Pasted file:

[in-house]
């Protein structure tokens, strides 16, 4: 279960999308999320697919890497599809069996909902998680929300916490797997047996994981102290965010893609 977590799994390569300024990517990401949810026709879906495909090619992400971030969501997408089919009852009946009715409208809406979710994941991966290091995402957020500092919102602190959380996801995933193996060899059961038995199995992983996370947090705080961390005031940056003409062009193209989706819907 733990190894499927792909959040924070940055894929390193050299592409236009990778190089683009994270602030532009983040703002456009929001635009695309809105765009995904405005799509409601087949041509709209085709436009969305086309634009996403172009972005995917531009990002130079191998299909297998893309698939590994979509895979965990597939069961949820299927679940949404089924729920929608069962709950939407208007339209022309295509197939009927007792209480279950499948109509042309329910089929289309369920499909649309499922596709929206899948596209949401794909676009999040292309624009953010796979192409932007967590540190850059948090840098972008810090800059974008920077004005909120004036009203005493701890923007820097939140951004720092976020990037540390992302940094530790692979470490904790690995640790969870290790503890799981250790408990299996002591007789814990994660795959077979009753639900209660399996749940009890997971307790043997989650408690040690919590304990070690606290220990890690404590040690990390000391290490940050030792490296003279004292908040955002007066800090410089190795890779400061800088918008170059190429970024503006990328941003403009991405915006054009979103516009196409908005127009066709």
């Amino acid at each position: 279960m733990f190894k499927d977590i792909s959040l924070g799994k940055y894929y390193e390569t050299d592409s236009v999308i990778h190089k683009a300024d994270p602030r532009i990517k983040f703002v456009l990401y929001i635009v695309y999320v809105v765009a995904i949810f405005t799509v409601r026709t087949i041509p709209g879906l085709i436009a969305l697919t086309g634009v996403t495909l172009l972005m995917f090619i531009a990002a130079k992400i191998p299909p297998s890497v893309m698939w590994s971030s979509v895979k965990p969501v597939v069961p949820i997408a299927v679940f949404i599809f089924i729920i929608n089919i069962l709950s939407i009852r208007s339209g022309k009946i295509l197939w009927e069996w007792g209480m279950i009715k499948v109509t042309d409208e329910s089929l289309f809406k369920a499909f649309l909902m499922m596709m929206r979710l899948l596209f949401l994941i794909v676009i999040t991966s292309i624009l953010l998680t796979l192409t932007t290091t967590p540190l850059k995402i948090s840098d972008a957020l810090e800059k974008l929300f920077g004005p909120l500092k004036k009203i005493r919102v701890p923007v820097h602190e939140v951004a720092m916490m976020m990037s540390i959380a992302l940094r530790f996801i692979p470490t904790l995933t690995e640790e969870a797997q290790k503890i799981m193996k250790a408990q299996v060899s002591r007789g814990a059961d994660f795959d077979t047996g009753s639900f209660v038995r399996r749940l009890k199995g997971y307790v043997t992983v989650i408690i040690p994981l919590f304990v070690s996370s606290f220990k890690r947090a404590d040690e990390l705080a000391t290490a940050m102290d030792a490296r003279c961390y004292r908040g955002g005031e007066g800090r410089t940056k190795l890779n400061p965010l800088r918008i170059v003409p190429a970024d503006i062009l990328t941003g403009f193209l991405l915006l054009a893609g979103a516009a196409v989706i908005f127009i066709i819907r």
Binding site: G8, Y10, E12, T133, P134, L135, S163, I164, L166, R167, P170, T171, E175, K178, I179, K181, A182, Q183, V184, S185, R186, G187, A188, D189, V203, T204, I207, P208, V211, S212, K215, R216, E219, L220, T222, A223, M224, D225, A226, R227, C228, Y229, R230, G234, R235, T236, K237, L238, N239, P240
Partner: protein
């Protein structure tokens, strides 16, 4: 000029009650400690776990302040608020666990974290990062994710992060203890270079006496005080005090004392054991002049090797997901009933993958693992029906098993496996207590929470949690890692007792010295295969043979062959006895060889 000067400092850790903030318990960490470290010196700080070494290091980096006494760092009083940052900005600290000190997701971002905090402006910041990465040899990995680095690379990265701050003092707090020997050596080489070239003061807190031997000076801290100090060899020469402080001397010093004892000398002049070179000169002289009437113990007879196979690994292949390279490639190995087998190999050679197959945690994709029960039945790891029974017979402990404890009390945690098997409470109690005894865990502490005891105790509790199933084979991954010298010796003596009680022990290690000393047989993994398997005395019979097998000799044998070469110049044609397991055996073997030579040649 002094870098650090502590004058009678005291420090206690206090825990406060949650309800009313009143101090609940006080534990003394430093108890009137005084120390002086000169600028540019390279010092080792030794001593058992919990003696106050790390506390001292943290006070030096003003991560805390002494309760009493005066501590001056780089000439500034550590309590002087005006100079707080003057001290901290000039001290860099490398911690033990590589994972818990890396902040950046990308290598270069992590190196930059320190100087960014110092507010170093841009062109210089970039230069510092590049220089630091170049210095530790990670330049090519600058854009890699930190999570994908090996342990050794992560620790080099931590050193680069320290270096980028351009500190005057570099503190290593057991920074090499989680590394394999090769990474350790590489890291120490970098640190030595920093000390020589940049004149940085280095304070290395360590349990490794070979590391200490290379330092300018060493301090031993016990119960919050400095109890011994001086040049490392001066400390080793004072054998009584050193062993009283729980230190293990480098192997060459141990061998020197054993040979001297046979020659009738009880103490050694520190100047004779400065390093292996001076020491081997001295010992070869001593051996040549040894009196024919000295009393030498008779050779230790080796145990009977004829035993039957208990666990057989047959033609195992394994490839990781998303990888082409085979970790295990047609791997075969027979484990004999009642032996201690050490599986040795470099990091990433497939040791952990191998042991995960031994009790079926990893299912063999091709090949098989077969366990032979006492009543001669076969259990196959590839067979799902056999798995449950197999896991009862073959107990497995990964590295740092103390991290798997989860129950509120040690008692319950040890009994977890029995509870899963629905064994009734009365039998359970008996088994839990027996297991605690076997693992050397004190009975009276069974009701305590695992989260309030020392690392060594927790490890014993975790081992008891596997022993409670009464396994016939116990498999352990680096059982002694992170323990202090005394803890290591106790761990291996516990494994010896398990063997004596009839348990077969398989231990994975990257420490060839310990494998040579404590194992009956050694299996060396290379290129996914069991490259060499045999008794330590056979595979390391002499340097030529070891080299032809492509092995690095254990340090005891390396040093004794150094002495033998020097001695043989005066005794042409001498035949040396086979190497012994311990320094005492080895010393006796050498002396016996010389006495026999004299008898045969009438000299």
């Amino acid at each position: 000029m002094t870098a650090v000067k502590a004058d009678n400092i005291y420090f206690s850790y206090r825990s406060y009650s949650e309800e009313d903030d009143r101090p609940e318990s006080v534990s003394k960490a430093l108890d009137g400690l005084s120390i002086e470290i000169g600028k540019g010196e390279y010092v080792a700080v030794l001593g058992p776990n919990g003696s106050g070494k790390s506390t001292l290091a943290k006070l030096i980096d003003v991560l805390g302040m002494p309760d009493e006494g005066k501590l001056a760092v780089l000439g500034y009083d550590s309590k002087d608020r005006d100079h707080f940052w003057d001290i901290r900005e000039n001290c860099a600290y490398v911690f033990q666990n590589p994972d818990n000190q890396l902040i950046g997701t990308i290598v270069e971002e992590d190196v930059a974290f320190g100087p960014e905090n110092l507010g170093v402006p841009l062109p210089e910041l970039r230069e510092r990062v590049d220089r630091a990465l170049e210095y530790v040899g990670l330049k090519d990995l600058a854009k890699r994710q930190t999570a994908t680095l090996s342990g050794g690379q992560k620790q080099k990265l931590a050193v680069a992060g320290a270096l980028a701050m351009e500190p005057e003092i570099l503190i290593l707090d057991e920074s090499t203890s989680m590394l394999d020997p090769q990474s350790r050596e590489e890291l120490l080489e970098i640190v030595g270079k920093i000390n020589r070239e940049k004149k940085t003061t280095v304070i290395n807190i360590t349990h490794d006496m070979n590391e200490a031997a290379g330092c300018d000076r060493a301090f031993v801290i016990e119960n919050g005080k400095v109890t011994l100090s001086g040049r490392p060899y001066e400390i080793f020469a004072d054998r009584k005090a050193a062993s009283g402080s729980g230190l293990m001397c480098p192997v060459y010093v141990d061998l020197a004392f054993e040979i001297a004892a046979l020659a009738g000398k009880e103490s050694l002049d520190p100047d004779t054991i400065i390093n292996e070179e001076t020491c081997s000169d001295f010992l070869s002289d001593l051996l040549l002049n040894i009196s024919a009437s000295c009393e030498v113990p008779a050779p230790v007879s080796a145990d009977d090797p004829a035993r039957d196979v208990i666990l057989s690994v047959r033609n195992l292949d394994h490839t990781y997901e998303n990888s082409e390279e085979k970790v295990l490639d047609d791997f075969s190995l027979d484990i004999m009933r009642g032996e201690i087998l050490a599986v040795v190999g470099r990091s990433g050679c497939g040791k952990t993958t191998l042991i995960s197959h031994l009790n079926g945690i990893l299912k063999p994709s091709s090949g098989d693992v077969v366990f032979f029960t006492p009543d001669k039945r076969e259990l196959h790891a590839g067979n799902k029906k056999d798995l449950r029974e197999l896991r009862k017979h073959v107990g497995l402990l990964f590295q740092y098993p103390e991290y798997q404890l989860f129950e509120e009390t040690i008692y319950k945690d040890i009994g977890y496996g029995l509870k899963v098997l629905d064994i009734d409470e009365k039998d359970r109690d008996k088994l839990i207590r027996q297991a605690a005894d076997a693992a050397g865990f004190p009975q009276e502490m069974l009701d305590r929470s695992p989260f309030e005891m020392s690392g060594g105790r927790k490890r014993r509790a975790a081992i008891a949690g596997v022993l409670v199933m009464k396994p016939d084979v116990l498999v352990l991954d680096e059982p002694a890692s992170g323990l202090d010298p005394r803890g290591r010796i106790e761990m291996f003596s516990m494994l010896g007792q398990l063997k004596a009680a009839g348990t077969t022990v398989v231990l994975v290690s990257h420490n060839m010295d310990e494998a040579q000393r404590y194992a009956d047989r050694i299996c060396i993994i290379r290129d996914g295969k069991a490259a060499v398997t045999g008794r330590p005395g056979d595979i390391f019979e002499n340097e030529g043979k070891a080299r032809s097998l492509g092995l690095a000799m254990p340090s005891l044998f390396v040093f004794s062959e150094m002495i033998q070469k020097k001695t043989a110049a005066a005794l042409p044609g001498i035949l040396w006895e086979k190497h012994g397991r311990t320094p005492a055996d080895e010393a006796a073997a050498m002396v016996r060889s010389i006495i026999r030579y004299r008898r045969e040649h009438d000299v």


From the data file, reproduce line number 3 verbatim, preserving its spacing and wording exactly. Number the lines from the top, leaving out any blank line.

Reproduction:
């Amino acid at each position: 279960m733990f190894k499927d977590i792909s959040l924070g799994k940055y894929y390193e390569t050299d592409s236009v999308i990778h190089k683009a300024d994270p602030r532009i990517k983040f703002v456009l990401y929001i635009v695309y999320v809105v765009a995904i949810f405005t799509v409601r026709t087949i041509p709209g879906l085709i436009a969305l697919t086309g634009v996403t495909l172009l972005m995917f090619i531009a990002a130079k992400i191998p299909p297998s890497v893309m698939w590994s971030s979509v895979k965990p969501v597939v069961p949820i997408a299927v679940f949404i599809f089924i729920i929608n089919i069962l709950s939407i009852r208007s339209g022309k009946i295509l197939w009927e069996w007792g209480m279950i009715k499948v109509t042309d409208e329910s089929l289309f809406k369920a499909f649309l909902m499922m596709m929206r979710l899948l596209f949401l994941i794909v676009i999040t991966s292309i624009l953010l998680t796979l192409t932007t290091t967590p540190l850059k995402i948090s840098d972008a957020l810090e800059k974008l929300f920077g004005p909120l500092k004036k009203i005493r919102v701890p923007v820097h602190e939140v951004a720092m916490m976020m990037s540390i959380a992302l940094r530790f996801i692979p470490t904790l995933t690995e640790e969870a797997q290790k503890i799981m193996k250790a408990q299996v060899s002591r007789g814990a059961d994660f795959d077979t047996g009753s639900f209660v038995r399996r749940l009890k199995g997971y307790v043997t992983v989650i408690i040690p994981l919590f304990v070690s996370s606290f220990k890690r947090a404590d040690e990390l705080a000391t290490a940050m102290d030792a490296r003279c961390y004292r908040g955002g005031e007066g800090r410089t940056k190795l890779n400061p965010l800088r918008i170059v003409p190429a970024d503006i062009l990328t941003g403009f193209l991405l915006l054009a893609g979103a516009a196409v989706i908005f127009i066709i819907r």